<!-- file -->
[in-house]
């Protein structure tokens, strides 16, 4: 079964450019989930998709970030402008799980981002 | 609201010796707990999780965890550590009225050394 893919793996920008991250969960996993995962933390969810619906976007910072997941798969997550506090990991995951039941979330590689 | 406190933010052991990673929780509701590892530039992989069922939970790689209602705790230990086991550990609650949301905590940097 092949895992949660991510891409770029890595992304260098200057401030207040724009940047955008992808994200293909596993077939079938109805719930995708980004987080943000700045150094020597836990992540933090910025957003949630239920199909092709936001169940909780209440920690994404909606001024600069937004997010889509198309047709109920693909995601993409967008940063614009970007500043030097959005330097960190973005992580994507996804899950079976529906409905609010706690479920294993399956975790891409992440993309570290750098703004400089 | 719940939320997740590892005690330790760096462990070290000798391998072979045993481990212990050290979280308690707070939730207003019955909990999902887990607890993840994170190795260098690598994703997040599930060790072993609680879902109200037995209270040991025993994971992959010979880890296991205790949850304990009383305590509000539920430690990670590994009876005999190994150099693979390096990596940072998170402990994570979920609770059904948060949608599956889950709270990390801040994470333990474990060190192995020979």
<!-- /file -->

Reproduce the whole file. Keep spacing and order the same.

[in-house]
């Protein structure tokens, strides 16, 4: 079964450019989930998709970030402008799980981002 | 609201010796707990999780965890550590009225050394 893919793996920008991250969960996993995962933390969810619906976007910072997941798969997550506090990991995951039941979330590689 | 406190933010052991990673929780509701590892530039992989069922939970790689209602705790230990086991550990609650949301905590940097 092949895992949660991510891409770029890595992304260098200057401030207040724009940047955008992808994200293909596993077939079938109805719930995708980004987080943000700045150094020597836990992540933090910025957003949630239920199909092709936001169940909780209440920690994404909606001024600069937004997010889509198309047709109920693909995601993409967008940063614009970007500043030097959005330097960190973005992580994507996804899950079976529906409905609010706690479920294993399956975790891409992440993309570290750098703004400089 | 719940939320997740590892005690330790760096462990070290000798391998072979045993481990212990050290979280308690707070939730207003019955909990999902887990607890993840994170190795260098690598994703997040599930060790072993609680879902109200037995209270040991025993994971992959010979880890296991205790949850304990009383305590509000539920430690990670590994009876005999190994150099693979390096990596940072998170402990994570979920609770059904948060949608599956889950709270990390801040994470333990474990060190192995020979």